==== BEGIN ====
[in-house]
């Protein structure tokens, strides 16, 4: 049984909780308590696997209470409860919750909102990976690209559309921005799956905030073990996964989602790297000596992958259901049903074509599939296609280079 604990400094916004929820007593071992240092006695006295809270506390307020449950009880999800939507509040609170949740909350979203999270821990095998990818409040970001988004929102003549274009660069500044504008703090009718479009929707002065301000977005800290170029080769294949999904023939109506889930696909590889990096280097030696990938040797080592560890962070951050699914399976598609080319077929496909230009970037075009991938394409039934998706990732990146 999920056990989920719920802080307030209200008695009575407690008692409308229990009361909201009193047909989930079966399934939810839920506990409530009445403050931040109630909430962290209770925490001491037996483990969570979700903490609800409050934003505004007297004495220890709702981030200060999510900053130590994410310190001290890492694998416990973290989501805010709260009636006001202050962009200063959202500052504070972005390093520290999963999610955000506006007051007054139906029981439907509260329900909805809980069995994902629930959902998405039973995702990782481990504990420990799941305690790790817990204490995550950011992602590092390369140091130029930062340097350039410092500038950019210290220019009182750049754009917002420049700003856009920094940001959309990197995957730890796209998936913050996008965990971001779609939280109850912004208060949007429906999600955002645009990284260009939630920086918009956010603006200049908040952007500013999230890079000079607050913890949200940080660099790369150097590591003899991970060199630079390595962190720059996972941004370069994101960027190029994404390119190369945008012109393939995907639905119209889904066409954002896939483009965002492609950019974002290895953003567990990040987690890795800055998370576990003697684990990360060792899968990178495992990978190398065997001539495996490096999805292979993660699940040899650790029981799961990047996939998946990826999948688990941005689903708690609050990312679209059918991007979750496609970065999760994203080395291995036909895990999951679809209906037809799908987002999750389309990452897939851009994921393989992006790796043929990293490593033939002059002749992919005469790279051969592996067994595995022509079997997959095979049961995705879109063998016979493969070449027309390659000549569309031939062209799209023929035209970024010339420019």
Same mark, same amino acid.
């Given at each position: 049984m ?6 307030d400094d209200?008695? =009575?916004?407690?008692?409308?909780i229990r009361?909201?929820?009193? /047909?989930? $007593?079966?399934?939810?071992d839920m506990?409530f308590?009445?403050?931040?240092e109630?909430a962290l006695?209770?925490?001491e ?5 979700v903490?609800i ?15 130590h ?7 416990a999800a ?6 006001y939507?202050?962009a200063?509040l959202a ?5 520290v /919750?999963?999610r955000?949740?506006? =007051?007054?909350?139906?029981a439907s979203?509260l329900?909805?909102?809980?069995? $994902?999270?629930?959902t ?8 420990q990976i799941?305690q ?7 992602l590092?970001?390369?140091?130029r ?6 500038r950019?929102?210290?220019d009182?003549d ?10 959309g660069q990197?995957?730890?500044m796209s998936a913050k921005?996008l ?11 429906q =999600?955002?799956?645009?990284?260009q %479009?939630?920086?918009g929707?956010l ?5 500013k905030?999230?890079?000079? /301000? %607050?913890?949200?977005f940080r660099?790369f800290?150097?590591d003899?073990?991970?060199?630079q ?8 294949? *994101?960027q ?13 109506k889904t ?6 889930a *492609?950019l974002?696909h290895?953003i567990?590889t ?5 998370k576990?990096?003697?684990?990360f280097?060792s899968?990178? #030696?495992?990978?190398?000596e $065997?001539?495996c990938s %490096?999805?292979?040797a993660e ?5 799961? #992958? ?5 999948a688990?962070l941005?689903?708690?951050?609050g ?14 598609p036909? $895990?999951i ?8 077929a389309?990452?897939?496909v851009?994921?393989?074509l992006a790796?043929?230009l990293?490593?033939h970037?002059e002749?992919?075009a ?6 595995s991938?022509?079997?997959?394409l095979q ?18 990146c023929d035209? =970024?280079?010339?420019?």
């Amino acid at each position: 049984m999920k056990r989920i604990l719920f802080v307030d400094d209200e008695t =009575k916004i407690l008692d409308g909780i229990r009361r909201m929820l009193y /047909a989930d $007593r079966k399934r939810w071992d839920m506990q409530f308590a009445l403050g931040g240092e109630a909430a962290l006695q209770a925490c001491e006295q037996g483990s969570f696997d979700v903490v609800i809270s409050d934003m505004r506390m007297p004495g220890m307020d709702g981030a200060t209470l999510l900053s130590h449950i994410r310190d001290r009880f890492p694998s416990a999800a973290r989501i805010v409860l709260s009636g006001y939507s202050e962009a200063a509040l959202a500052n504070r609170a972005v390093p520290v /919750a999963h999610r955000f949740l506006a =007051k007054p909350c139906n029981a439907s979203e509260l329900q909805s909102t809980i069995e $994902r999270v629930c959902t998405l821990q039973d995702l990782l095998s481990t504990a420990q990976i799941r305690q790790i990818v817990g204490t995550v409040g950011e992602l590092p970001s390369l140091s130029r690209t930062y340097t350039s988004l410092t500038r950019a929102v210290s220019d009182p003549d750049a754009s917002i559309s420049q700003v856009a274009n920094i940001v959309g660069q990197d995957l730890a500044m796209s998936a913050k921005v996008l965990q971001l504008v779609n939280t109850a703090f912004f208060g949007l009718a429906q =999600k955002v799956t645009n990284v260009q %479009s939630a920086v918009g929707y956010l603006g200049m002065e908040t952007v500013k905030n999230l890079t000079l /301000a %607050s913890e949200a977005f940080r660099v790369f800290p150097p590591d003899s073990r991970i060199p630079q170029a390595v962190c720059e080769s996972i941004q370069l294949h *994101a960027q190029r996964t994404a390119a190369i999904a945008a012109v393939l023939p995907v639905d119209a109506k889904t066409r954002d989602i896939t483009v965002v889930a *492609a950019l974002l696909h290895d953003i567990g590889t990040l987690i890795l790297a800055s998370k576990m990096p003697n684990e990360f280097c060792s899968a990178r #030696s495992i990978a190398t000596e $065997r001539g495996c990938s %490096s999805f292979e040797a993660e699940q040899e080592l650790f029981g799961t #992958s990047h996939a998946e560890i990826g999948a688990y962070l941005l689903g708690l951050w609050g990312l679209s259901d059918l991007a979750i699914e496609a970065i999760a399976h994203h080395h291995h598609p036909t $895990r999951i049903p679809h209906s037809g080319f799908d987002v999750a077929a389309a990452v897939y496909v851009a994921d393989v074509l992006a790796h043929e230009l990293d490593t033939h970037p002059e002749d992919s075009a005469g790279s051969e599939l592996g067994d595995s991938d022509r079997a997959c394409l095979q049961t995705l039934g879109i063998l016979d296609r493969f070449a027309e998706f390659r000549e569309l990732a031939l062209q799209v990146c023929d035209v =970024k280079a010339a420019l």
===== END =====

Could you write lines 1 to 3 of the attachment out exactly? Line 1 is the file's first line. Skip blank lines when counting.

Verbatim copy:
[in-house]
């Protein structure tokens, strides 16, 4: 049984909780308590696997209470409860919750909102990976690209559309921005799956905030073990996964989602790297000596992958259901049903074509599939296609280079 604990400094916004929820007593071992240092006695006295809270506390307020449950009880999800939507509040609170949740909350979203999270821990095998990818409040970001988004929102003549274009660069500044504008703090009718479009929707002065301000977005800290170029080769294949999904023939109506889930696909590889990096280097030696990938040797080592560890962070951050699914399976598609080319077929496909230009970037075009991938394409039934998706990732990146 999920056990989920719920802080307030209200008695009575407690008692409308229990009361909201009193047909989930079966399934939810839920506990409530009445403050931040109630909430962290209770925490001491037996483990969570979700903490609800409050934003505004007297004495220890709702981030200060999510900053130590994410310190001290890492694998416990973290989501805010709260009636006001202050962009200063959202500052504070972005390093520290999963999610955000506006007051007054139906029981439907509260329900909805809980069995994902629930959902998405039973995702990782481990504990420990799941305690790790817990204490995550950011992602590092390369140091130029930062340097350039410092500038950019210290220019009182750049754009917002420049700003856009920094940001959309990197995957730890796209998936913050996008965990971001779609939280109850912004208060949007429906999600955002645009990284260009939630920086918009956010603006200049908040952007500013999230890079000079607050913890949200940080660099790369150097590591003899991970060199630079390595962190720059996972941004370069994101960027190029994404390119190369945008012109393939995907639905119209889904066409954002896939483009965002492609950019974002290895953003567990990040987690890795800055998370576990003697684990990360060792899968990178495992990978190398065997001539495996490096999805292979993660699940040899650790029981799961990047996939998946990826999948688990941005689903708690609050990312679209059918991007979750496609970065999760994203080395291995036909895990999951679809209906037809799908987002999750389309990452897939851009994921393989992006790796043929990293490593033939002059002749992919005469790279051969592996067994595995022509079997997959095979049961995705879109063998016979493969070449027309390659000549569309031939062209799209023929035209970024010339420019």
Same mark, same amino acid.